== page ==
And even with application folders filling 23 five-drawer filing cabinets along a wall of the office and spilling onto most other flat surfaces, Creasy has gotten to know more about individual students such as Christy Thai, a high school senior from Olney.

She was worried about her scores last year. Then she found a college admissions message board with people posting their statistics and felt even worse. “It was bad,” she said, “because it made me believe I won’t get accepted to any college.”

As decisions near, the drama peaks online, with people writing, for example, “ONE MORE HOUR!!!!!” until admission and rejection results would be posted and “I can’t take it!”

When Creasy reads those message boards, he knows the people who write often are a small minority even of those who are competing for the most selective schools. “But it does scare me sometimes,” he said. “The intensity.”

It’s great that students have access to so much more information, said John Latting, director of undergraduate admissions at Hopkins. “The flip side is a sort of hysteria about college admissions.” He worries about college rankings, which can make families think their options are limited to a short list of elite schools, and the misinformation floating around.

On a recent night, someone listed his SAT scores (in the 700s on each part) on a site and wrote: “Guys, do you think I have a chance to be admitted. I am really nervous. . .”

Someone told him he had a 50-50 chance.

“Some of the information out there is just shockingly, shockingly bad,” said Lalonde, who monitors sites for U-Va. and often posts corrections and clarifications. “I get bombarded,” she said, with nervous students and parents dragging her to other online discussions to answer new questions.

Creasy tries to fight the stereotypes of Hopkins — that the school cares only about numbers and scores, not the applicants, and that the atmosphere on campus is hypercompetitive and cutthroat. He takes questions. How many?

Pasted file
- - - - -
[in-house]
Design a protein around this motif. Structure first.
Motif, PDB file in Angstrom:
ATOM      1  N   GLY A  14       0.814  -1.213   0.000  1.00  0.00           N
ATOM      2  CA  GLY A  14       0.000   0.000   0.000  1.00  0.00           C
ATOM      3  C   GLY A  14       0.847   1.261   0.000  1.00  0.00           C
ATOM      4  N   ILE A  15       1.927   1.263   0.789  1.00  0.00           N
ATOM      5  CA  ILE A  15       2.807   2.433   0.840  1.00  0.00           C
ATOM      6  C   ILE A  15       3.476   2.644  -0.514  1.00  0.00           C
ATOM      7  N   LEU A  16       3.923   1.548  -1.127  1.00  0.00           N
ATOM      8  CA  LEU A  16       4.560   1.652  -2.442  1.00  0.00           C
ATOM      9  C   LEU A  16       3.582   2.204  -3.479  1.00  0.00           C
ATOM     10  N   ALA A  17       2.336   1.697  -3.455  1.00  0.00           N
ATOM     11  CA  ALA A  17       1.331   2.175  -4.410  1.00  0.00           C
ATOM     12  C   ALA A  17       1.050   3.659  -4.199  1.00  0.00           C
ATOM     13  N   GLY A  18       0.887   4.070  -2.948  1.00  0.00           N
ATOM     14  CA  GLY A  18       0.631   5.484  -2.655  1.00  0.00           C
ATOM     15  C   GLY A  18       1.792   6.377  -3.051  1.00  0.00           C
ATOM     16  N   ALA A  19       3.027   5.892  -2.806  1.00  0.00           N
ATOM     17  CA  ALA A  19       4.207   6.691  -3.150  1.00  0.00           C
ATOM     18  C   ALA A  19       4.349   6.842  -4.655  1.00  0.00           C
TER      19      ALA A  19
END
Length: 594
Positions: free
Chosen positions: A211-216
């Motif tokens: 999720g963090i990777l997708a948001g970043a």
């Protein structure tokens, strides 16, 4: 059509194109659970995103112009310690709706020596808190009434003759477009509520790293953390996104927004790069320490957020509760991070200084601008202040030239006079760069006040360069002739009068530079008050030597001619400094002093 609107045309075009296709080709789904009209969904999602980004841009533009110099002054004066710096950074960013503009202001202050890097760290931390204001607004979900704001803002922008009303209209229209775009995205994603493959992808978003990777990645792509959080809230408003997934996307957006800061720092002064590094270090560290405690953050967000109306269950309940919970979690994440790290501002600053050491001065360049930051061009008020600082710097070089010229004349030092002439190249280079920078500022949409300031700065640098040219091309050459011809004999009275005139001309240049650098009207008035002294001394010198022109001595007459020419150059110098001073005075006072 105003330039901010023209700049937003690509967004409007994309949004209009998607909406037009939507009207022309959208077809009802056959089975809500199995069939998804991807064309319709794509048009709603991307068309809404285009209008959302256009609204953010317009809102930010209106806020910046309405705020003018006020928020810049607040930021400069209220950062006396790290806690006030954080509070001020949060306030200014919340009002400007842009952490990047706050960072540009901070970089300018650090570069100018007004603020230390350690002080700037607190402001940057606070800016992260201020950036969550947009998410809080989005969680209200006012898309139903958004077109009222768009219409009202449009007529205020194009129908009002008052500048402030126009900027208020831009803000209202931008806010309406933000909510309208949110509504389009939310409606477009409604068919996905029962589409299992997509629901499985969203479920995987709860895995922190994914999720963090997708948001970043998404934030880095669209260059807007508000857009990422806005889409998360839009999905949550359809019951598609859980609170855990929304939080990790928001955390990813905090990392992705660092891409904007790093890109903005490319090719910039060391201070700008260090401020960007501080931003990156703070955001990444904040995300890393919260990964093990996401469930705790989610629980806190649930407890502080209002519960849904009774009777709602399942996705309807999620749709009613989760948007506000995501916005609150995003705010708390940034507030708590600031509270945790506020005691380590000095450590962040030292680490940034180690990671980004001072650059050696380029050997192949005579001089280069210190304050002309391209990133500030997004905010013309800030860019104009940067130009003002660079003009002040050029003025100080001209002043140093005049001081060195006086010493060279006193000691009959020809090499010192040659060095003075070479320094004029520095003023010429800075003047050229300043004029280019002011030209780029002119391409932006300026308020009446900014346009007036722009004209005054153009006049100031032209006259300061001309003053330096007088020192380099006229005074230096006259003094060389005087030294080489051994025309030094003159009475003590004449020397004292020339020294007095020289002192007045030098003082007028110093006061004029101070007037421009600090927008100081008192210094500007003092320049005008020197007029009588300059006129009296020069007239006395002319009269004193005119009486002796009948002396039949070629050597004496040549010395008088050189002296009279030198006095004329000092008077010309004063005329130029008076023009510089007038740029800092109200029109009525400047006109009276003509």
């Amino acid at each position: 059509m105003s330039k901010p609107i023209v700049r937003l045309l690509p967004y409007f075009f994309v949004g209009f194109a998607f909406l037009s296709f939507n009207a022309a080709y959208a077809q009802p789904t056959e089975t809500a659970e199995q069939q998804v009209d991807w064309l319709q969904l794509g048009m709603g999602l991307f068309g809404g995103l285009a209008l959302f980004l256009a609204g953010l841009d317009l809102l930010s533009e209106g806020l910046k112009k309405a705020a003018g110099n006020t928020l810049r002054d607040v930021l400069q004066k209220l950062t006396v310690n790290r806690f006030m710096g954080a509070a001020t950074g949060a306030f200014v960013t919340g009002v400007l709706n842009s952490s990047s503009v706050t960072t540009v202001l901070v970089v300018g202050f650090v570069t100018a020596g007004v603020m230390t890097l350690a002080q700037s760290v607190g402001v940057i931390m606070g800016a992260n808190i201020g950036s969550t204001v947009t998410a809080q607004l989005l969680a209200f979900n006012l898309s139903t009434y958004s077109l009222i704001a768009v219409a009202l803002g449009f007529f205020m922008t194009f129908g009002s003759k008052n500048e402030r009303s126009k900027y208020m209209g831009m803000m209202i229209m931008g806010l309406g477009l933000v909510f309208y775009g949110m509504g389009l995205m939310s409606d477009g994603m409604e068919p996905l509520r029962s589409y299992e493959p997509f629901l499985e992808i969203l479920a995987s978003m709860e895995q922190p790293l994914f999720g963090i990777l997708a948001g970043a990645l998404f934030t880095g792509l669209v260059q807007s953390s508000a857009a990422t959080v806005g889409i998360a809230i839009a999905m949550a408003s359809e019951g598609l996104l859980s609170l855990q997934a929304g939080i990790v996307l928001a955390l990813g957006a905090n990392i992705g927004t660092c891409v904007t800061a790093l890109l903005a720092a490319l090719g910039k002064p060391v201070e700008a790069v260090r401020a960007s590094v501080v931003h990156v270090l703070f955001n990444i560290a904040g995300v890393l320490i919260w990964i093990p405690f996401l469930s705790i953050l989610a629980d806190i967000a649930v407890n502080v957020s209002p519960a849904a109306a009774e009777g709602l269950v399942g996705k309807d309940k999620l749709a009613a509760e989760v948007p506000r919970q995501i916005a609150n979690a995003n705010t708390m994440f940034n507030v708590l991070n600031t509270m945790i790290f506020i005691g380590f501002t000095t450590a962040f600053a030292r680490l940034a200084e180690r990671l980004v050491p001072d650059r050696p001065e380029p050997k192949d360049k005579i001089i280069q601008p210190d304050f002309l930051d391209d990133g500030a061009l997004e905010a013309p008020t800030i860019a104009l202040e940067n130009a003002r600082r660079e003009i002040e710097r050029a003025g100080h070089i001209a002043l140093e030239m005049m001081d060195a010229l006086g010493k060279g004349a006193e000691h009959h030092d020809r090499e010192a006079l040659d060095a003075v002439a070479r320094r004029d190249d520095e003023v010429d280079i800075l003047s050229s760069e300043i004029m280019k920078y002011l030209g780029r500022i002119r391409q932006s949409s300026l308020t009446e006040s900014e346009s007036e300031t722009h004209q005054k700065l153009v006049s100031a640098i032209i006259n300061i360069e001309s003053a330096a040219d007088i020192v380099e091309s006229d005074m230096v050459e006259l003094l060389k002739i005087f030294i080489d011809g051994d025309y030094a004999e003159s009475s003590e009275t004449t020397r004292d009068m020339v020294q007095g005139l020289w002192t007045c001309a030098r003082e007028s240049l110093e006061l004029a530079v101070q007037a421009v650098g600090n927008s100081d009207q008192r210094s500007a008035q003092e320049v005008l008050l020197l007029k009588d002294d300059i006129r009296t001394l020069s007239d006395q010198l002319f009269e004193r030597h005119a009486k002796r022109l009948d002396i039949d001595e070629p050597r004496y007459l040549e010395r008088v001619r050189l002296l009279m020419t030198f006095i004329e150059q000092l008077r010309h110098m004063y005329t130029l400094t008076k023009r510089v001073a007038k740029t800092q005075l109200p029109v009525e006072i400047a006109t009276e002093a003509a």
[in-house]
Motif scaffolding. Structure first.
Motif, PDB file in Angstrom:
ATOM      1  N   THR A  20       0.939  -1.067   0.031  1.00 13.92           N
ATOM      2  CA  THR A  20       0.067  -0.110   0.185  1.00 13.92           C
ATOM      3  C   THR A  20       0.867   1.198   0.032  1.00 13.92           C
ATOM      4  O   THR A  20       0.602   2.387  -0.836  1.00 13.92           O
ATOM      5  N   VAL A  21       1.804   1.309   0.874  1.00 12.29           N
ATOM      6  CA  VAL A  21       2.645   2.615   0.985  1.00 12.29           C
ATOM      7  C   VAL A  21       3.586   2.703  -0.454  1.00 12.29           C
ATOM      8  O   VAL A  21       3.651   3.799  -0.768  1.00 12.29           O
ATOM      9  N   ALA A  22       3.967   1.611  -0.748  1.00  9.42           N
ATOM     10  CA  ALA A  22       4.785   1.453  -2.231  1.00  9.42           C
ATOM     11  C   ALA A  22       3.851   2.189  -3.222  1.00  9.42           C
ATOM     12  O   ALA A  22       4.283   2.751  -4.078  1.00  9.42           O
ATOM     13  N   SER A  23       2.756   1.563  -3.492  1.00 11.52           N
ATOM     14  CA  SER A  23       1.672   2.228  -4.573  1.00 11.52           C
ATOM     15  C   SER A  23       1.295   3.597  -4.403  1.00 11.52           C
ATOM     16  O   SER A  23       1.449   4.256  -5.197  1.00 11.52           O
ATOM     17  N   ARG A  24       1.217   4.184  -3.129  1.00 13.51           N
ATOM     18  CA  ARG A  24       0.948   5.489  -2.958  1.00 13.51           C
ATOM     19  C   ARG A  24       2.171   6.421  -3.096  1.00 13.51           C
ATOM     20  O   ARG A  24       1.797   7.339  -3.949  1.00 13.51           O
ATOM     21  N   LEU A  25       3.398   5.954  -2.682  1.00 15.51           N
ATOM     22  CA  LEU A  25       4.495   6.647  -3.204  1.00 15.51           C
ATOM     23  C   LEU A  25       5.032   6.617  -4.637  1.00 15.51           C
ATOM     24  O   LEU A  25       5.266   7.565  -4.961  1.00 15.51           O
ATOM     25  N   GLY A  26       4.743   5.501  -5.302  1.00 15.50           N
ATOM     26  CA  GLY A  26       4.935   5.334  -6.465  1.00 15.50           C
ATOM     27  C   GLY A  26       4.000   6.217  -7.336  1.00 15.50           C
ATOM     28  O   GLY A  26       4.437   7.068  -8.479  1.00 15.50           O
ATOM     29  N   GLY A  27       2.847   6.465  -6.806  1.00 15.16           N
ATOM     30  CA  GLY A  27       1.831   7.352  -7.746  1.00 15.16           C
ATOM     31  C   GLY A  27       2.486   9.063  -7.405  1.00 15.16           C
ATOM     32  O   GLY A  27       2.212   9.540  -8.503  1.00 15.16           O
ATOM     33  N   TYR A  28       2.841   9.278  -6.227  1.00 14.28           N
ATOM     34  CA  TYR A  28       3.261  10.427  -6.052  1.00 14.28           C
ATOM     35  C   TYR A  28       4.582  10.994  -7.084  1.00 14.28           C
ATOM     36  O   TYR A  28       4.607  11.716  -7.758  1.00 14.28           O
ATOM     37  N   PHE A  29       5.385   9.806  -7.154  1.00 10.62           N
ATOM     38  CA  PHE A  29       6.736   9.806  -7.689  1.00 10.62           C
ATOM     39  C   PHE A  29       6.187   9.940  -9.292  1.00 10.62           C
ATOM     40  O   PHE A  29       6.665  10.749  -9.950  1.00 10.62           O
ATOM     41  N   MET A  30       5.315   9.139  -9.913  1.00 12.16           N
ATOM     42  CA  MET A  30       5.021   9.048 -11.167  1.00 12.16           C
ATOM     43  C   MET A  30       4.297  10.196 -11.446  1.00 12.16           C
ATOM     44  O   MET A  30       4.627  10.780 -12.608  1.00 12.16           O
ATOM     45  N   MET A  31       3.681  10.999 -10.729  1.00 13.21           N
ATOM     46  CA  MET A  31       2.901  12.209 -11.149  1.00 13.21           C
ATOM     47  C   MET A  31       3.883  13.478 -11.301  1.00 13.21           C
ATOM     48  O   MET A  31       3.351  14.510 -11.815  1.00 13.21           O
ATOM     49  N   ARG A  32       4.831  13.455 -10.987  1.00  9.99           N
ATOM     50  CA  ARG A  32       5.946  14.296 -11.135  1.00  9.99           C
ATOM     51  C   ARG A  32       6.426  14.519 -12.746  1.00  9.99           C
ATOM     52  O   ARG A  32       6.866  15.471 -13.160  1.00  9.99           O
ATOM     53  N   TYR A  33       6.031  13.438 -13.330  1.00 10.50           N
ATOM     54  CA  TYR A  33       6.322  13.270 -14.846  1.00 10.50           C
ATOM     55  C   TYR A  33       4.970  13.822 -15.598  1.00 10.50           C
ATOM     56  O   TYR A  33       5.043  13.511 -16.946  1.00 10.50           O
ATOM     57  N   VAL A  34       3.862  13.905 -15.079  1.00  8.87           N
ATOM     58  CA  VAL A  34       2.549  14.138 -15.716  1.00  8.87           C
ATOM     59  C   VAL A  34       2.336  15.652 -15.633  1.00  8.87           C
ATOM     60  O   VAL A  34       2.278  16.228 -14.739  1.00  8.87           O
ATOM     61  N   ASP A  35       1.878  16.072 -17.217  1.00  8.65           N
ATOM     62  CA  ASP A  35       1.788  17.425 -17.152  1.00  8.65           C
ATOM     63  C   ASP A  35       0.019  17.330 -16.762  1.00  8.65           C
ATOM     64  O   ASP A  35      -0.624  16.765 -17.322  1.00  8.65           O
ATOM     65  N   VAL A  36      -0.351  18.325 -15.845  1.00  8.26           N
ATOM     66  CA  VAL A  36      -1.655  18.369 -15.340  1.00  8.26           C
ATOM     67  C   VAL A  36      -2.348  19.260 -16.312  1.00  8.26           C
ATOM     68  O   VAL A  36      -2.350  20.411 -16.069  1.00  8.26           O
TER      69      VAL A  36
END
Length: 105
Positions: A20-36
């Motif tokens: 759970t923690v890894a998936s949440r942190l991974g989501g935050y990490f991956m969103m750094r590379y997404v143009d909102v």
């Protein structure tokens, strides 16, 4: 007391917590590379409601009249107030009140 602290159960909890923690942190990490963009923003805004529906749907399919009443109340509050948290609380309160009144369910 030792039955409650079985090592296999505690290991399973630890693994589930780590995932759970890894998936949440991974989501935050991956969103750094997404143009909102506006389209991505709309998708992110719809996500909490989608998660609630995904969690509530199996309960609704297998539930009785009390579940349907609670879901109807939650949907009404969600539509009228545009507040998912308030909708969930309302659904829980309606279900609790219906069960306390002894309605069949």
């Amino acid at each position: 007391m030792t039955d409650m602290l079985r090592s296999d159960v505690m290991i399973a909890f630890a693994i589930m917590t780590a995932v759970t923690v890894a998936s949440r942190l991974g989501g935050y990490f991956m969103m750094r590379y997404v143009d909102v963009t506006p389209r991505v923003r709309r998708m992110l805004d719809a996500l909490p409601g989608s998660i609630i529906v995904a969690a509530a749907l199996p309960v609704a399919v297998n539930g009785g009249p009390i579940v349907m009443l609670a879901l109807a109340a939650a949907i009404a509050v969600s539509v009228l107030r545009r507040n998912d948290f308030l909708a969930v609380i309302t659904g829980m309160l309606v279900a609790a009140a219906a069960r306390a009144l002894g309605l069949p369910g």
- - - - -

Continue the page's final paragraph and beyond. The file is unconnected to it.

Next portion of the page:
“More,” he said, “than you could ever imagine.”

Thai sent some after finding that her early-decision application had been deferred to the regular admissions pool. She didn’t know quite what to think — was it all over for her? — so she posted to the Hopkins message board and got answers and a list of suggestions from Creasy right away. “I felt like ‘Oh, good, I have another chance!’ “ she said.

Now at Hopkins, a group of students gives Creasy ideas for admissions, helps him monitor the message boards and answers questions. Some blog.

Creasy runs contests, shares his Oscar picks, posts pictures of teddy bears wearing little Hopkins hoodies and chats online about his favorite TV shows, such as “24.” “24 is on in just a few hours!” one applicant posted recently. “Haha sweet i was the closest!” another wrote after a contest.

Thai checks the site often. “It’s really better. It kept my nerves down and stress down.”

Not that all the applicants are laid-back now. Far from it.

“We definitely get students who communicate with us on an obsessive level,” Creasy said. But overall, he thinks the changes the school has made help it connect better.

That means making Hopkins more appealing, he hopes — and luring more applicants. And making it even tougher to get in.